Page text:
In Web Site Strategy and Planning, Jen Kramer shows that there’s more to building a web site than just implementation. From creating a plan that will ensure the end product meets the clients needs and is as efficient and scalable as possible, to how to identify the right technology for the design, Jen explains how to organize content and graphics and create a project proposal that includes pricing and milestones that demonstrate to the client that work is being done. She also discusses how to measure the success of the design through analytics and user feedback.
Archive for February, 2010
Jen’s book covers the downloading and Joomla! installation process, creating a site map, tracking content and images, how to perform backups with JoomlaPack, creating customized templates from the ground up, advanced styling tricks with CSS, and lots more.
There will be a book release party on March 5th from 5:30-8:30pm at the Marlboro College Graduate School in Brattleboro, VT. The event is hosted by the New England Joomla! User group, and the JoomSki Weekend organizers.
Recently a colleague of mine set down his passcode-secured iPhone on the desk we were sitting at. As I was marveling at how smudged the screen was from his constant use, I noticed that among the various smudges I could clearly see four distinct fingerprints, whose positions I realized revealed the four numbers he used for his passcode lock. The passcode lock is a feature of the iPhone that, when enabled, requires the user to enter a four-digit code to unlock the phone. It’s a great feature to keep your contacts, email, and account secure should your iPhone get lost or stolen. But because you have to type in your passcode every time you use the phone, the four fingerprints over those numbers can easily become the most distinct marks among the smudges.
I spent some time with the lynda.com human resource team and asked them to share a few tips on successful interviewing to help you in your job search. Here are their top four interviewing tips.
1. Do Your Research on the Company
Before going to an interview with a potential employer, always know as much as you can about the company. Find out what drives the company. How long have they been in business? How many employees do they have? What are the main products and services? This kind of information will help you understand what they might be looking for in an individual. Employers like to know applicants have done some research rather than coming in cold.
A good resource to start with would be checking out the company’s About Us page.
Today on Chris Orwig’s blog, the lynda.com author announced that he will be signing his recent book, Visual Poetry—A Creative Guide For Making Engaging Digital Photographs, on Thursday, February 4th from 5-8 p.m. at the Cota St. Gallery, 23 East Cota Street, in Santa Barbara, CA.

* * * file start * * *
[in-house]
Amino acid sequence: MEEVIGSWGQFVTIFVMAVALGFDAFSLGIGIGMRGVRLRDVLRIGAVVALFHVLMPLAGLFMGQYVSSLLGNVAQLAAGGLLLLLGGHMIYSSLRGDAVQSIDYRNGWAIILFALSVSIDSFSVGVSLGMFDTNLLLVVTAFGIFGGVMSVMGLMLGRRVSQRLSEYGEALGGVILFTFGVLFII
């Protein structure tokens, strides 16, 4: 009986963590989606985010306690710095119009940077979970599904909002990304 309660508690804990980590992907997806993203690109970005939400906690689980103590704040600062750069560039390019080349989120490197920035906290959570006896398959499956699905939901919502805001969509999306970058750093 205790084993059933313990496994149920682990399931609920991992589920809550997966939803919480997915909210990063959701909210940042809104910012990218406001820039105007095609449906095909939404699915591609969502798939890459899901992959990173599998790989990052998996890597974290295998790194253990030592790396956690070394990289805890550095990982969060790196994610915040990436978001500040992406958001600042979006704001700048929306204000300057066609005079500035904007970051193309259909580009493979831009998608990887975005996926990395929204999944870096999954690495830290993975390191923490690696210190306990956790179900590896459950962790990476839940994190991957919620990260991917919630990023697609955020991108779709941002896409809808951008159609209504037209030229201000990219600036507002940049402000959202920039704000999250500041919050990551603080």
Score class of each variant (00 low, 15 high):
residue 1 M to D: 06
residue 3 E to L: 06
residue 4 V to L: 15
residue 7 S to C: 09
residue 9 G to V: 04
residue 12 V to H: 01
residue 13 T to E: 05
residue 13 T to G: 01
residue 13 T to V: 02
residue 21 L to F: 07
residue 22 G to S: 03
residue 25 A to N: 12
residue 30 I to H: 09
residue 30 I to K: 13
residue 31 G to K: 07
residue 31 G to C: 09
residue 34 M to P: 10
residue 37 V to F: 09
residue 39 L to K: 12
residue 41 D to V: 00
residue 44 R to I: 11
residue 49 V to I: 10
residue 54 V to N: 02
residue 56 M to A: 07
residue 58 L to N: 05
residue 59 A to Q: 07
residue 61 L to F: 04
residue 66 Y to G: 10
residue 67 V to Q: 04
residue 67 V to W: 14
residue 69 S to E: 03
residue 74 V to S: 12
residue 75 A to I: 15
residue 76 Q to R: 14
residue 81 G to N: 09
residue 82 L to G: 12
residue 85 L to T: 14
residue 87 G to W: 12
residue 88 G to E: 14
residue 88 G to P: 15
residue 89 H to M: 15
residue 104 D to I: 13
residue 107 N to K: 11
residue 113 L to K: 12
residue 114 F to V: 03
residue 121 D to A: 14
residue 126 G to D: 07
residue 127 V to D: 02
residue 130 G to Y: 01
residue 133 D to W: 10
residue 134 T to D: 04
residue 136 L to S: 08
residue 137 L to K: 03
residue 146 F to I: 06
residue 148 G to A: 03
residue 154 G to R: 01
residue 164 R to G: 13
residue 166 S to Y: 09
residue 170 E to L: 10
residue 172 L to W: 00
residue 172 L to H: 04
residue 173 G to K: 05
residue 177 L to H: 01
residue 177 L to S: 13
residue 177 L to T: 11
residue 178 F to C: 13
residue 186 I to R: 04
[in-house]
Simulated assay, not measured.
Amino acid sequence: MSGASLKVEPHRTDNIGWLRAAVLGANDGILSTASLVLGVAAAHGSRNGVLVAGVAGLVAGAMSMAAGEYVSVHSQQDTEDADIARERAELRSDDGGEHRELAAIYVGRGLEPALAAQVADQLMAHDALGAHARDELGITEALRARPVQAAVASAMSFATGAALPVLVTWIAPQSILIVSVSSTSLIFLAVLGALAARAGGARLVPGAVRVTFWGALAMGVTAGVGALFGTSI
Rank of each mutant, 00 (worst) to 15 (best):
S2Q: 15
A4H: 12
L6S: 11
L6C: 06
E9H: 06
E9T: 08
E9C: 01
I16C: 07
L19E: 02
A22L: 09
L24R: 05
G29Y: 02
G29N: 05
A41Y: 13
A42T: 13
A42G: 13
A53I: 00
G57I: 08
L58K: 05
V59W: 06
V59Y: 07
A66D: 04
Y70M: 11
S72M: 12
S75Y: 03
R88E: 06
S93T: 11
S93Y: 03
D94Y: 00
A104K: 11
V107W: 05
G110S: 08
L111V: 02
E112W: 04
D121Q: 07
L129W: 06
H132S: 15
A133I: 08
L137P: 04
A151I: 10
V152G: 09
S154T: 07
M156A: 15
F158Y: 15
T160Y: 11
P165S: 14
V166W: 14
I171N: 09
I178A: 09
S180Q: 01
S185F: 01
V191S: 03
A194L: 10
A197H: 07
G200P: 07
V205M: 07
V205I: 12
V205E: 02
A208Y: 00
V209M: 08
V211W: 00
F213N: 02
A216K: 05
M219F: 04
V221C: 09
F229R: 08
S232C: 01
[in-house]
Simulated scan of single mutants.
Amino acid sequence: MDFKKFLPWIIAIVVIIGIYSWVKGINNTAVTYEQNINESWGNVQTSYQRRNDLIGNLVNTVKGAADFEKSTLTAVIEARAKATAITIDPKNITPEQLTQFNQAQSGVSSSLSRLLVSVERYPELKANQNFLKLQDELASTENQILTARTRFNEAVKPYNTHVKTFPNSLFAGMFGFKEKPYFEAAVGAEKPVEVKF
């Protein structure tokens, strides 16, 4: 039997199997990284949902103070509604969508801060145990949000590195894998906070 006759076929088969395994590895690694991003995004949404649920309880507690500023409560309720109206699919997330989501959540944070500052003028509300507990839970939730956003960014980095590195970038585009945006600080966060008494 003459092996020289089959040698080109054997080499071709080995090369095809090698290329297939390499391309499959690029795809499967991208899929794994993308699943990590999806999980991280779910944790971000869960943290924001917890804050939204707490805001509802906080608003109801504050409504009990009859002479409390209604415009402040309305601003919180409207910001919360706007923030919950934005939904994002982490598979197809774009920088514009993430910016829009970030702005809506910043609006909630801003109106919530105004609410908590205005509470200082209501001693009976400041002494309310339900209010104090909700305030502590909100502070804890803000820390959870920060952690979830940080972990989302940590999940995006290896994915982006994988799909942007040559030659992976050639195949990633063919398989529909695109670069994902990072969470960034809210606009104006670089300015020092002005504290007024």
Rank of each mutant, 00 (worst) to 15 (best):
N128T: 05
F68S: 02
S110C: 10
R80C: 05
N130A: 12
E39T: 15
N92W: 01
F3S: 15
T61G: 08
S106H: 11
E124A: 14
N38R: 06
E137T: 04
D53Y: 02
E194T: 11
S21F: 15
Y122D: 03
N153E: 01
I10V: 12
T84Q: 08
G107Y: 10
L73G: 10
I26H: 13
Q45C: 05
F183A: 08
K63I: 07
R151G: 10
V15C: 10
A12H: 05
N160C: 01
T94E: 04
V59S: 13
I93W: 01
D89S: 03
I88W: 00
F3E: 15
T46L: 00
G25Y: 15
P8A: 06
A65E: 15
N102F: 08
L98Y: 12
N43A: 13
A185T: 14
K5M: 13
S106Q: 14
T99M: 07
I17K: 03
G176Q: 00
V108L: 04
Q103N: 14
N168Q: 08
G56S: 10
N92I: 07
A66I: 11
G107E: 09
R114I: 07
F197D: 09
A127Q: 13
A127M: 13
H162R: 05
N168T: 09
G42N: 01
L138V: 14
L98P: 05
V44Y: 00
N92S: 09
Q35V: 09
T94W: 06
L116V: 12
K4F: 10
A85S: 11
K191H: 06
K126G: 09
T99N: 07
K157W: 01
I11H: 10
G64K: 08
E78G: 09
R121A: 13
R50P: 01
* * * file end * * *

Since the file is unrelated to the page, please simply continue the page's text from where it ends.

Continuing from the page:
From comparing poetry and photography, to giving practical photography tips and techniques, the book features a multitude of extraordinary photographers as ‘guest speakers’ that include John Sexton, Douglas Kirkland, Chris Rainier, Todd Glaser, and many more.
Changing opacity is like mixing a cocktail with, say, 30% active layer and 70% all layers below. Assigning a blend mode is like shining a light or casting a shadow: The active layer infuses those behind it with life. In this week’s Photoshop Top 40 Countdown, Deke shows how to mix and blend layer opacities for best results.
Mexopolis is the husband and wife team whose animated television series El Tigre has defied all the rules and won eight Emmys. Jorge Gutierrez and Sandra Equihua personify the successful integration of personal creative vision and commercial success. Born and raised in Mexico, this dynamic couple has managed to blend their passion for over-the-top Mexican popular culture with digital animation techniques to create characters and stories that dazzle the eye and strike universal truths in the heart. This installment of Creative Inspirations takes viewers into the personal worlds and methods of this inspiring young couple.
Recently, I was trying to figure out how many miles it was from a highway exit to the intersection of the road leading to my house. Some family friends were coming to visit and I wanted to give them an idea of how far they would have to drive before they had to keep an eye out for the tricky turnoff to my neighborhood. But without specific addresses to punch into Google Maps, I wasn’t sure how to plot the path from point A to point B.
This led me to right-clicking (or control-clicking on a one-button mouse) on the Google Map of my area and, lo and behold, up popped a contextual menu containing the command Directions from here. Selecting that placed an A marker on the map which I could freely drag around, so I placed it on the exit ramp of the highway. Then I right-clicked again near the ramp for the road where my friends would have to turn off and chose Directions to here, placing a B marker on the map, which I could again drag to a specific location. And just like that, I had the information that it was 5.3 miles to my exit—all without having a specific address for either the starting or ending points.